Owner banned for life after unimaginable suffering to two-month old foal - CONTAINS GRAPHIC IMAGES
Owner who caused unimaginable suffering to two-month old foal is banned from keeping horses after pleading guilty
Today, inside St Albans Magistrates Court, an owner of a mare and her foal received a three-year ban from owning or keeping equines.
Ms Pascale originally pleaded not guilty in January to animal cruelty charges at Watford Magistrates Court but today changed her plea to guilty.
Her charges came under section four of the Animal Welfare Act 2006 – failing to check, adjust or remove a head collar which lead to severe infected wounds and a deformed bone. Ms Pascale was also ordered to undertake 100 hours of unpaid community service work - to be served within 12 months - and made to pay £500 costs and a £60 victim surcharge.
In August 2013, Britain’s largest horse rescue and rehoming charity, World Horse Welfare, was called to assist the RSPCA with the catching of a 16-year-old bay mare named Ivy and a two-month-old dun coloured foal named Star, in Hatfield, Herts. The foal’s head collar had embedded so far into his nose and poll area that his skin and hair had grown over the leather head collar and the nasal bone had been damaged. As Star grew, the head collar had cut further and further into his face.
District Judge Inyundo said this of the case in court today: “Ms Musk had significant [horse] experience which caused difficulty in the defence submission. [In this case], she ought to have been able to, and should have, acted more quickly.”
Nick White, World Horse Welfare’s field officer for the region, first attended the scene with the RSPCA last August as a matter of urgency alongside a veterinary surgeon from the Royal Veterinary College (RVC) in Potters Bar.
Once caught, the horses were examined. Due to the extent of Star’s injuries from the embedded head collar, and the fact that he was still suckling, both mare and foal were taken possession of and transported to the RVC for urgent surgery to remove Star’s head collar and treat his injuries.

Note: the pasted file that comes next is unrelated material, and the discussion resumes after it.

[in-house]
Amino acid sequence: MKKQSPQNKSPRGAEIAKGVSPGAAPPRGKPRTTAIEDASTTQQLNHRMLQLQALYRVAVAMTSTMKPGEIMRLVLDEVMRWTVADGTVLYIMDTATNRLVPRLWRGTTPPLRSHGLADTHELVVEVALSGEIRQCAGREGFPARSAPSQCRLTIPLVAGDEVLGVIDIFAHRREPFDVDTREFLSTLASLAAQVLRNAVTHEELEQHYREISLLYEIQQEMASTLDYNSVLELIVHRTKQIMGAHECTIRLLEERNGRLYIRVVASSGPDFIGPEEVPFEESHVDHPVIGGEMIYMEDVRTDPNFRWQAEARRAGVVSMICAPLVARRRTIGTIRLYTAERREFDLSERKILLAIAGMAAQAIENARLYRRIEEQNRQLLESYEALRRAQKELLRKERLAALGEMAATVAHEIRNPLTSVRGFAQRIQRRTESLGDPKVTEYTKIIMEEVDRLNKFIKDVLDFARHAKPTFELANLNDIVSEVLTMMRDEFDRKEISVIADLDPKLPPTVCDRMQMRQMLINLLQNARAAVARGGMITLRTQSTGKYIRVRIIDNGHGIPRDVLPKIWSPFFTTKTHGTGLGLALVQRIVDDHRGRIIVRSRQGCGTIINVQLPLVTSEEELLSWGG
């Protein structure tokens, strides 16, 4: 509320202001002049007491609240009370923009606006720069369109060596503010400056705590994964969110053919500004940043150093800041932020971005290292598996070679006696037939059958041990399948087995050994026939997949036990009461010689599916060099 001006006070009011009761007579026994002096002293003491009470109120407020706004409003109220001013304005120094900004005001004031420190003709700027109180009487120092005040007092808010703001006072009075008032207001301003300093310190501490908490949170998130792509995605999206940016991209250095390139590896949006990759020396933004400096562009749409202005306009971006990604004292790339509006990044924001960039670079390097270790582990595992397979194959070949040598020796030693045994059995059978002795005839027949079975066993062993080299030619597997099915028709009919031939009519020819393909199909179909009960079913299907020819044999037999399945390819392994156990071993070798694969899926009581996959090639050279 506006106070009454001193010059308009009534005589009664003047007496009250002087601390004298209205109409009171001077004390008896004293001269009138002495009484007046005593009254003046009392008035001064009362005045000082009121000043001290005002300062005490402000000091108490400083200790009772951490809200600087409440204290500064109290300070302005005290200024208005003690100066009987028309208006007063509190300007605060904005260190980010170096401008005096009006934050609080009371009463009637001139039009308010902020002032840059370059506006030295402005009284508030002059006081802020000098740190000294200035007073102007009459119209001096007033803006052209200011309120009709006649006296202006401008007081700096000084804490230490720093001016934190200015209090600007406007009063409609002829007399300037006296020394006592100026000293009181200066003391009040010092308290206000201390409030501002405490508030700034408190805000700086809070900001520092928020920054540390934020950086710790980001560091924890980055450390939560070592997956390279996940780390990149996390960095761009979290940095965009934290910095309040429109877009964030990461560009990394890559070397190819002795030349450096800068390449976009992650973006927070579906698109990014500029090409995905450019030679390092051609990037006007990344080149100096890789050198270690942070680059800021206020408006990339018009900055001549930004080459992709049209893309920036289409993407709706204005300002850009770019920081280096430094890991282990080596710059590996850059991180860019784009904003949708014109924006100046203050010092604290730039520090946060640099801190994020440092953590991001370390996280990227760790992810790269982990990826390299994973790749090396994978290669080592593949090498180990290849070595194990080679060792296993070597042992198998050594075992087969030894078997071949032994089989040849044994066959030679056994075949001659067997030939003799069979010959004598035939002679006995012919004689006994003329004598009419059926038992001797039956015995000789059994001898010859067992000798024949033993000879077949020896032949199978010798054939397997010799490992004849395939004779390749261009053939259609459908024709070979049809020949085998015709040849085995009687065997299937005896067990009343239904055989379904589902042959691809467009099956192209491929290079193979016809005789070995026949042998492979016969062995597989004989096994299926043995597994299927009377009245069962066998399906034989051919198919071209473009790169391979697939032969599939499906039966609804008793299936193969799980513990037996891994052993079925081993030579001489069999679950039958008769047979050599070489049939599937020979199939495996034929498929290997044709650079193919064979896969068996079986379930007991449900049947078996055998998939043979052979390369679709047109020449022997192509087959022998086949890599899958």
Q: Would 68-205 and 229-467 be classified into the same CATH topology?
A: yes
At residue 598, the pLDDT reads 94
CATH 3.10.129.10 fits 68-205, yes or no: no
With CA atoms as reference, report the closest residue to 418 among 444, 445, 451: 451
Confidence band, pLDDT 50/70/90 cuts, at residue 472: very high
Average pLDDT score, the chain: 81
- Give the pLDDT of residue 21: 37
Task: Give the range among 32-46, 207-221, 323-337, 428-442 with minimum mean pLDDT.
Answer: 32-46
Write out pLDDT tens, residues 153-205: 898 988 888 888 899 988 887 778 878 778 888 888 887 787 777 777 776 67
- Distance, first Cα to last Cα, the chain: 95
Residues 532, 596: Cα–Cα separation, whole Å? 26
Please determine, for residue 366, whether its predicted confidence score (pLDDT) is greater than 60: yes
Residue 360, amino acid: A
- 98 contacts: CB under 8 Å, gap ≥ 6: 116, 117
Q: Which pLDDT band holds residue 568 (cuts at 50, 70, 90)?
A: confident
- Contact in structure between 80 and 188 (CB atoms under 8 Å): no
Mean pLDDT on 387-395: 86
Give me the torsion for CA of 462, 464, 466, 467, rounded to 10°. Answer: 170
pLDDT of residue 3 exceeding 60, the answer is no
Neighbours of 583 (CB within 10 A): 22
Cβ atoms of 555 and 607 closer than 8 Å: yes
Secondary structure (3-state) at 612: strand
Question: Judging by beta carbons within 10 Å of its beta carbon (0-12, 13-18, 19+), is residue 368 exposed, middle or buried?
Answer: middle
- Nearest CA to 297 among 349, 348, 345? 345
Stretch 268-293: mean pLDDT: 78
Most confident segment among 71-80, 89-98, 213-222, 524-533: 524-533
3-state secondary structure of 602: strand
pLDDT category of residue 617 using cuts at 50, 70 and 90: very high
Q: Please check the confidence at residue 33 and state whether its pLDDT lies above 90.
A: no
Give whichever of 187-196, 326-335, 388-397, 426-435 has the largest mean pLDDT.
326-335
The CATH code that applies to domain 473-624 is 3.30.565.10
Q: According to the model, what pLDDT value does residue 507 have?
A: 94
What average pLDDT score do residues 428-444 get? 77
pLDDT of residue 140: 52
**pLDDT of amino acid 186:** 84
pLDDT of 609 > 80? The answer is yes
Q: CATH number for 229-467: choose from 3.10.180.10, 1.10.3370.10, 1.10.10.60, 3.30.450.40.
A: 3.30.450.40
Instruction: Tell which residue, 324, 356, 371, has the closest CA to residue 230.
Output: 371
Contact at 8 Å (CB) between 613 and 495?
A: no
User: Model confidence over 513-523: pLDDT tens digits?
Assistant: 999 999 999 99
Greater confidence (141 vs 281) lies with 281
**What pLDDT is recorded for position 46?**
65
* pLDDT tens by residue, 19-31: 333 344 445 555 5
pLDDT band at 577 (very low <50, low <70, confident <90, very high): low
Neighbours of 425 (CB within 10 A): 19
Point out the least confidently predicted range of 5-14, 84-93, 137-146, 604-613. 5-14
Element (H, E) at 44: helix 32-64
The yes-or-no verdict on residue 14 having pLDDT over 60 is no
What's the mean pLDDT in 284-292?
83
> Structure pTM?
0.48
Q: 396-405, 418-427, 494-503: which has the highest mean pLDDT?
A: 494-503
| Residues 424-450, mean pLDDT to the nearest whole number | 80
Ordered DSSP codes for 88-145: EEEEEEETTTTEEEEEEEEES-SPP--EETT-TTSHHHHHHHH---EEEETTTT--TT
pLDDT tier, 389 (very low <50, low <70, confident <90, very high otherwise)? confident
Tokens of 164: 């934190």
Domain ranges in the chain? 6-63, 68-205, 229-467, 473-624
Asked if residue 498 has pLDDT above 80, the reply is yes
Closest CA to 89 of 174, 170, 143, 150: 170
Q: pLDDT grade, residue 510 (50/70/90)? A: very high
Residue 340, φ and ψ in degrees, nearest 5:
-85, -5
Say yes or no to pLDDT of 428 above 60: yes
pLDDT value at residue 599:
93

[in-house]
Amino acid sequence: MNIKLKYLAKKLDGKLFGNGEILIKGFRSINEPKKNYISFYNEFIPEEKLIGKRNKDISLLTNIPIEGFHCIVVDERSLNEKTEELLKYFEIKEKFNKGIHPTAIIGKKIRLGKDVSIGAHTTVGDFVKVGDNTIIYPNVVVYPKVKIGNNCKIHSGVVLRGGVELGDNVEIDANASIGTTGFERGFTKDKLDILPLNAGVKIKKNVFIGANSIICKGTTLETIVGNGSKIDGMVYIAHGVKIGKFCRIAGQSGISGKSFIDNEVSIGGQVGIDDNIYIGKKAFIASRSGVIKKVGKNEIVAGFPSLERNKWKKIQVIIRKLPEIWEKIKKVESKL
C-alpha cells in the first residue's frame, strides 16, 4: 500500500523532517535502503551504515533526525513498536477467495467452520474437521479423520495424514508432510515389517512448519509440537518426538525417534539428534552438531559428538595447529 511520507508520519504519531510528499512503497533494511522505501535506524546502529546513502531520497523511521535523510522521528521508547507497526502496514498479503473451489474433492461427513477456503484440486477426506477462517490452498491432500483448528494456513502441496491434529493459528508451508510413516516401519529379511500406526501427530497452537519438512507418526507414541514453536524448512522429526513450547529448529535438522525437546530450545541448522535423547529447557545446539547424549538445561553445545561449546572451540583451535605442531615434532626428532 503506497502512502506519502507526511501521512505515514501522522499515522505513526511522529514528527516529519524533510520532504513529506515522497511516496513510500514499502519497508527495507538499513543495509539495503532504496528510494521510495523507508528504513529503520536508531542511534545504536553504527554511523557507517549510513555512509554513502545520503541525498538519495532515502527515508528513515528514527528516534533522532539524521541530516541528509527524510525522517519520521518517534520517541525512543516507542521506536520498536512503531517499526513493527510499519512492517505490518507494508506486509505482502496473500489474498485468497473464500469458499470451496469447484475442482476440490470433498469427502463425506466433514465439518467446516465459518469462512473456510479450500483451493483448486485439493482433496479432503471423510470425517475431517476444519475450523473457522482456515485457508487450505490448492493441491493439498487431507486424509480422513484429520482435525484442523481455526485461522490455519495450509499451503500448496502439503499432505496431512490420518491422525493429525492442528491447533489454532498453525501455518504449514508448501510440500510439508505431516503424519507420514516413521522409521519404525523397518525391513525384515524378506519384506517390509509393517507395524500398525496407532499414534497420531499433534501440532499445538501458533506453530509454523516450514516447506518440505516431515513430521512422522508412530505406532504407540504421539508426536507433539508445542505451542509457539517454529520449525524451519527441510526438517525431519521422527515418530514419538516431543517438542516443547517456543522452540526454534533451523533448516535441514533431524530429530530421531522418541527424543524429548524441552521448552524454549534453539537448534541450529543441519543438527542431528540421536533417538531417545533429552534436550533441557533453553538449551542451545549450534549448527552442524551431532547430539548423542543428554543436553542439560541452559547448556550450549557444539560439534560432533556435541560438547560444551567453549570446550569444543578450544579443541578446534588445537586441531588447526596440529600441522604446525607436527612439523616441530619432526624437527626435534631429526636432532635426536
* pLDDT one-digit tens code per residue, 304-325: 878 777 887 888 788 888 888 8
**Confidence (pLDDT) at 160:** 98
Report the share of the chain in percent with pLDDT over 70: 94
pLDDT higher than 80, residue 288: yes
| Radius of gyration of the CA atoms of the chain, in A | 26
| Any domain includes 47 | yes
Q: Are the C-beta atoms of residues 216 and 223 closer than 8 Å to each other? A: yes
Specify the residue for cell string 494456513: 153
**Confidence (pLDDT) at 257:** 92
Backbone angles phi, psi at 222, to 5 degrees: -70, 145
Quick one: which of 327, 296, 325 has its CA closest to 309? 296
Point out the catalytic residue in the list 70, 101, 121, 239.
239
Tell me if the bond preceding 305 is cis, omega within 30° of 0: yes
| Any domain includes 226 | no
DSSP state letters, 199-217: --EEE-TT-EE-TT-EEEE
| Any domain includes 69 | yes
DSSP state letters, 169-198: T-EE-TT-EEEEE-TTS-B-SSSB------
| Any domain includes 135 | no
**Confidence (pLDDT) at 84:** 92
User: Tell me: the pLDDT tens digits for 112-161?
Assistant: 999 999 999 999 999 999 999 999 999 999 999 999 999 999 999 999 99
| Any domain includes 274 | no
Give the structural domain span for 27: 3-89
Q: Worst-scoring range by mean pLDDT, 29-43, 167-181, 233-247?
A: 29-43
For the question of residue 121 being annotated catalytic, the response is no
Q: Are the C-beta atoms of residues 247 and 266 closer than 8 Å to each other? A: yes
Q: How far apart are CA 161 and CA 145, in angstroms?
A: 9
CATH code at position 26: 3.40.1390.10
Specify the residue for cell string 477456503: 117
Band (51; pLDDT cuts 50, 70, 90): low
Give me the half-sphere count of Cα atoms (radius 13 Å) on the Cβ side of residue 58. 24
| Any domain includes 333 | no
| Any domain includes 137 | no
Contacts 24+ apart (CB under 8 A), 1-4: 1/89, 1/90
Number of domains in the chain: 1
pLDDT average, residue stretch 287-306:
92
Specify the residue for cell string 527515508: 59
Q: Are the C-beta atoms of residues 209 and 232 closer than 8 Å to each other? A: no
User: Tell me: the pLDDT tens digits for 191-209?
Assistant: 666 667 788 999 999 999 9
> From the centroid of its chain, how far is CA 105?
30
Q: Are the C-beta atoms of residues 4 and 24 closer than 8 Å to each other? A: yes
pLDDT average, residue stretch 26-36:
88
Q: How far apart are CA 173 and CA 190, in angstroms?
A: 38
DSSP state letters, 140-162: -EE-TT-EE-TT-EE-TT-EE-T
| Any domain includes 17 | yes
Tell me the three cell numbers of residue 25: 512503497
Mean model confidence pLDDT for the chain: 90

The owner was cautioned and agreed to sign both horses over to the RSPCA who subsequently signed the pair over to World Horse Welfare for further rehabilitation.
Star is improving every day and his wounds have healed, though he will be left with lasting scarring.
Claire Phillips, farm manager at one of the charity’s four rescue and rehoming centres across the UK, Glenda Spooner Farm in Somerset, explains how much Star has changed since receiving around-the-clock care from the charity: “Star was brought to us following the surgical removal of his head collar. He had been in a lot of pain and had never been handled so was fearful of humans when he first came in. In a matter of days though he became more confident and allowed us to clean his wounds with minimal fuss. Sadly, he will be left with permanent scarring and damage to his facial bones, but this will not prevent him from leading a normal life in the future.”
Nick White says: “When I first saw Star, he was attempting to suckle from his mother but I could hear that his breathing was laboured. I then saw that he had a leather head collar on that had become embedded into his nose, jaw and the flesh behind his ears. The facial part of his nose was very swollen and infected above and below the noseband, as was his jaw. There was thick dried and encrusted blood, as well as fresh blood and puss weeping from the wounds. I saw too that some of the metal parts of the head collar were also embedded into Star’s flesh. It was obvious that this head collar had been left on for a long time without being removed or adjusted. Star had endured this unforgiving head collar eating into his flesh and bone, plagued and infected by flies, during the hottest part of the summer whilst, like all other foals of his age, he continued to grow.”
RSPCA inspector Tina Ward says: “This was an experienced horse owner who knew that there was a problem but did nothing about it. The foal could have been prevented from suffering and trauma if the defendant had simply sought help or advice and loosened the collar.
"We are grateful to World Horse Welfare for caring for the foal and for their support and expertise in dealing with the incident."
Star should soon be ready for rehoming. World Horse Welfare will be looking to find Star a home with someone who has the experience and knowledge to continue his education and break him in when he is old enough. Claire says: “We really struggled to find homes for our youngsters last year and we desperately need them. So if you think you can rehome a youngster like Star, please get in touch.”
You can rehome a horse here: www.worldhorsewelfare.org/